Paternoster
PublisherThe History Press
Date Published01 June 2015
 
 
ISBN-100750963689
ISBN-13978-0750963688
Formatpaperback
Pages304
Price£ 9.99

Paternoster

by Kim Fleet

When a client mysteriously dies, private investigator Eden Grey is plunged into a web of evil while her own past threatens to come back to haunt her.


Review

Kim Fleet has found an ingenious way of disposing of her victims – the bright red and black bean often used to make rosaries. The so-called Paternoster Pea is the seed of the tropical plant Abrus precatorius and contains abrin, one of the most powerful toxins known. The hard-shelled bean is still used to make religious artefacts, ethnic-style bracelets and necklaces. Not long ago the tourist attraction the Eden Project recalled bracelets made with the seeds!

That brief lesson in toxicology not only explains the title of this introduction to the life of private eye Eden Grey, but also outlines the story’s theme – that evil, like history, repeats itself with greed always its starting point. In this clever time-slip novel, Fleet interweave two storylines, one past, the other present, to give a fast-moving plot real depth.

In 1795 high-class prostitute Rachel Lovett is forced to flee the exotic life of George III’s London for a bucolic existence in a Cheltenham brothel.

The newly-built Greville House estate seems an ideal place for her to start her hunt for a wealthy protector, but rumour suggest that there is more than just the usual debauchery there. Tunnels beneath the house lead to the sinister Paternoster Club – an offshoot of the Hellfire Clubs set up in 1718, by Philip, Duke of Wharton and made infamous by Sir Francis Dashwood’s Order of the Friars of St Francis of Wycombe.

Rich young rakes and ‘persons of quality’, often involved in politics, used these clubs for debauched sexual and immoral acts, including, it was said, human sacrifice!

In 2015 Grey, a former undercover customs special investigator, is rebuilding her life under the Witness Protection Programme after an operation goes terrifyingly wrong, leaving her close to death.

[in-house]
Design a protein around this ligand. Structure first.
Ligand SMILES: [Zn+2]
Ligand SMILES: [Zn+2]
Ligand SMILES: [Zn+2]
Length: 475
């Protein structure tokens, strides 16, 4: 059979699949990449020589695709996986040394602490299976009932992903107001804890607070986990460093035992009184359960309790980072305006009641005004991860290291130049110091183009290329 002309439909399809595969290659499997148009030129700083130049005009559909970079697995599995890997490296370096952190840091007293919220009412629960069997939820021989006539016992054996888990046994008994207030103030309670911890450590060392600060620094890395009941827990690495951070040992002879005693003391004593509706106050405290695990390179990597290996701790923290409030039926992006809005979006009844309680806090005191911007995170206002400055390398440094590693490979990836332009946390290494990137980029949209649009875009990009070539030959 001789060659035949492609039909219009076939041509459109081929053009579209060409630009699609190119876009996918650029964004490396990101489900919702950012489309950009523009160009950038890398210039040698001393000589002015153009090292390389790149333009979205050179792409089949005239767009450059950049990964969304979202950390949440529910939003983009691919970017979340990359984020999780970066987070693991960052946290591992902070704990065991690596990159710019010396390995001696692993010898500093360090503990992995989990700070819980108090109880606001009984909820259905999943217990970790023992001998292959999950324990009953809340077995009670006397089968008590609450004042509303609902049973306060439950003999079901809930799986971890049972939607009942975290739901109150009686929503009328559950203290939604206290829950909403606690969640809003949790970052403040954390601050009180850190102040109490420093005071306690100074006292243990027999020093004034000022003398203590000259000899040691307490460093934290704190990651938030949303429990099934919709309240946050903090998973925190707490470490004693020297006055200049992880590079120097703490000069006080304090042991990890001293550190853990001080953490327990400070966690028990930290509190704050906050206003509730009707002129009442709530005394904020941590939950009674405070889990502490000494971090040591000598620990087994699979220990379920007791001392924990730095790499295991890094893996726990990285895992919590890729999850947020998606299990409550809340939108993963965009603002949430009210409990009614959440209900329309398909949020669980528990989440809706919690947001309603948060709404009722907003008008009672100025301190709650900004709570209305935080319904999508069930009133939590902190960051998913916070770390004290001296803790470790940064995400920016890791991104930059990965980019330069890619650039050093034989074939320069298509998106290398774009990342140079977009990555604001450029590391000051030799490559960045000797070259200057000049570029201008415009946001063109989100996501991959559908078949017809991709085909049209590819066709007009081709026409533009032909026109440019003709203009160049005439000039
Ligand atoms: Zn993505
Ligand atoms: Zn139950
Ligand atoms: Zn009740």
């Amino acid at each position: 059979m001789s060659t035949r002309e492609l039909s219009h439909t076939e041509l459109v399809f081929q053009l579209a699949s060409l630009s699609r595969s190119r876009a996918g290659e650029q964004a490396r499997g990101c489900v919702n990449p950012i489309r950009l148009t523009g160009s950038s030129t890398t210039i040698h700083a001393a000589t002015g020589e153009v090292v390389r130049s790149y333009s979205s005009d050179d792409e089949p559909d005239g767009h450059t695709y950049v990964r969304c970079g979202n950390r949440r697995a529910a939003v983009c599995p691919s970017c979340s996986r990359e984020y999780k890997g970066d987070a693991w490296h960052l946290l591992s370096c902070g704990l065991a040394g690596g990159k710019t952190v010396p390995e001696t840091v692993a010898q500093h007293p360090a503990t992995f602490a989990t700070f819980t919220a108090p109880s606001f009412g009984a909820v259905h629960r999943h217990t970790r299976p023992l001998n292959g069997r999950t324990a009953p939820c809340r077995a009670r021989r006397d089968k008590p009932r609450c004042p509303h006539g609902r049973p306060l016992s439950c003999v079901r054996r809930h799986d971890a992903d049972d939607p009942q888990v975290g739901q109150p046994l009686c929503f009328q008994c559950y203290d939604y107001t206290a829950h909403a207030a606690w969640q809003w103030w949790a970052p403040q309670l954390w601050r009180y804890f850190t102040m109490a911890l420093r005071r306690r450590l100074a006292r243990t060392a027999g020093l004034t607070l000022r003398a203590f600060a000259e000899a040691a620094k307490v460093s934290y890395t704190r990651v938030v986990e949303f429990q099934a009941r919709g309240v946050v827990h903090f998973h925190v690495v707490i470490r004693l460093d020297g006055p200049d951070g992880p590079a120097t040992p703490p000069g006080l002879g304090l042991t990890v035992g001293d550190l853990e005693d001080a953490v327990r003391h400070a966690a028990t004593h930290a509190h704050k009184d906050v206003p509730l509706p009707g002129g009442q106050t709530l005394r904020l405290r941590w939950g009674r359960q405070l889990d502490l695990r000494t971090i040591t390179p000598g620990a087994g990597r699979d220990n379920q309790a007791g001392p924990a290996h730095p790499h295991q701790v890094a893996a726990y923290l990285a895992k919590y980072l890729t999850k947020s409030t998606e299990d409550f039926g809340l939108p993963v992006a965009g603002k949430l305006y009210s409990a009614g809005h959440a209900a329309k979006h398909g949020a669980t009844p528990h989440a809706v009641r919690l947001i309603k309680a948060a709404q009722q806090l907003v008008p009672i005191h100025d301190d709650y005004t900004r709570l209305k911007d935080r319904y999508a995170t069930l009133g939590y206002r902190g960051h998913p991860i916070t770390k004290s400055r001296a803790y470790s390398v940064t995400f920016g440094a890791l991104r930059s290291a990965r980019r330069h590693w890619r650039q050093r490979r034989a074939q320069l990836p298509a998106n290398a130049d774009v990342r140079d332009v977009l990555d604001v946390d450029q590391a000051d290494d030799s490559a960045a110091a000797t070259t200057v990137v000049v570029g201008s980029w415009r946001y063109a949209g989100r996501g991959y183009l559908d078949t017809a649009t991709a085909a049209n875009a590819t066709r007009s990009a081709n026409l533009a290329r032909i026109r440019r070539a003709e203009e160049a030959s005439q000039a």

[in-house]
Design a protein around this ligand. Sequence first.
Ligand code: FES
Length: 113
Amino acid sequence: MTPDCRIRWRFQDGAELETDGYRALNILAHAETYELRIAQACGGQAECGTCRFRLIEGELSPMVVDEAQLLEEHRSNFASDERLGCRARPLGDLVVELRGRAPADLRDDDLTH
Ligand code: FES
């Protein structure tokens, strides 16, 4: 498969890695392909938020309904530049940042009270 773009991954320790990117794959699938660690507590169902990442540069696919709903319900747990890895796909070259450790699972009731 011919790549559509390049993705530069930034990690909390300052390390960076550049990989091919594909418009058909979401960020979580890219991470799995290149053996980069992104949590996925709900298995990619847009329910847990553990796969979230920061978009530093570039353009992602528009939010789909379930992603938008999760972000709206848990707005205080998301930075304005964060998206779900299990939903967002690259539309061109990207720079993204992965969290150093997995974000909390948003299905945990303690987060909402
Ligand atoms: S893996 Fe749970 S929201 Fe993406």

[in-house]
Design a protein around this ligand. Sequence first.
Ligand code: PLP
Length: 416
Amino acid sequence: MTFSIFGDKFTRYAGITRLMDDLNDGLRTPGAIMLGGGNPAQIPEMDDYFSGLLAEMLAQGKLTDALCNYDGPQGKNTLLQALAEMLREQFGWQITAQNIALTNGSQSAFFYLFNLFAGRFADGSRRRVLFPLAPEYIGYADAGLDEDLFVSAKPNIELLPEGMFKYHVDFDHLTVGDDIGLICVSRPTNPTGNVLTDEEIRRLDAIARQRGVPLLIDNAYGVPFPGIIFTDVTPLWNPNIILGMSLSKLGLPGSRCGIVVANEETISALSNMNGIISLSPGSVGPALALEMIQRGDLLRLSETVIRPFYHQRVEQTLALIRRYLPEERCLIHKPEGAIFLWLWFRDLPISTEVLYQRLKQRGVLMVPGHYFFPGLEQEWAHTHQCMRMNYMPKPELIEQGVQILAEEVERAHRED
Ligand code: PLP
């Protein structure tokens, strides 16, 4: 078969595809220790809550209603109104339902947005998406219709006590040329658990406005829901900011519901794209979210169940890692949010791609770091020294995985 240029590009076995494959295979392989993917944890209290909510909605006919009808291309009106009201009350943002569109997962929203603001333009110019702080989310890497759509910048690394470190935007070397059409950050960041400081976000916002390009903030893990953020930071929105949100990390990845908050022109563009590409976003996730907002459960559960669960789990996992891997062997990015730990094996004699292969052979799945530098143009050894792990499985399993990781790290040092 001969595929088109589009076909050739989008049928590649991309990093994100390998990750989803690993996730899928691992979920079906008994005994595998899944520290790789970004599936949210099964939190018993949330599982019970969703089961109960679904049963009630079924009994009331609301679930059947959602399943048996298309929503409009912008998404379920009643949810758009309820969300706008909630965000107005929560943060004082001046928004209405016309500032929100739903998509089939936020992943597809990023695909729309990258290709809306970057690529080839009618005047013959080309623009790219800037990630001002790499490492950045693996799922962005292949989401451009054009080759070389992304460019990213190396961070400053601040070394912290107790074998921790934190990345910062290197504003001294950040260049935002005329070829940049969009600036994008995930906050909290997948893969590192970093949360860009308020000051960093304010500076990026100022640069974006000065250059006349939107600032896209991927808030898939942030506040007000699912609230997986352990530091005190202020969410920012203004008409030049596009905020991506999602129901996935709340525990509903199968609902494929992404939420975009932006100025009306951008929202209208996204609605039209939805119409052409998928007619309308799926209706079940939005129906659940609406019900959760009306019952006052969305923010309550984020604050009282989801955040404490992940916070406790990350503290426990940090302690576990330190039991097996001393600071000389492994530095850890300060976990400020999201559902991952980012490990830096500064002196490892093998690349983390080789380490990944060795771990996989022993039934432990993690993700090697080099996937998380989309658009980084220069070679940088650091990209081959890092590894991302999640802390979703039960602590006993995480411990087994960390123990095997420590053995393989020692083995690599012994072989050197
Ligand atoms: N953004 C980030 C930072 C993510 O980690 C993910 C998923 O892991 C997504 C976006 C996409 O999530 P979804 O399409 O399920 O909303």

Now known by her new name and working as a private investigator, the mystery death of one of her clients leads to a web of corruption, human trafficking and murder. And the discovery of two centuries-old skeletons in the grounds of an exclusive Cheltenham school turns out to be of greater relevance than she realises. Together with her OCD anthropologist boyfriend she tries to fit the pieces of the jigsaw together – as her own past returns to haunt her.

Grey is a strong, complex and fascinating character and the pace of an all-action story, stripped of any of the usual superfluous padding, will keep you reading to the end. You may pick up a couple of minor weaknesses, such as why a man convicted of running guns, grenades and anti-aircraft weapons is apparently not in a high security prison and how this same man could penetrate one of the best protection programmes in the world from inside a jail?

But to convict on that evidence alone is just carping. Social anthropologist, teacher and prolific short story writer Fleet has found a tough, determined and likeable new heroine and if this is to be the start of a series, it’s well worth waiting for Eden Grey’s next case.

Reviewed 27 February 2016 by John Cleal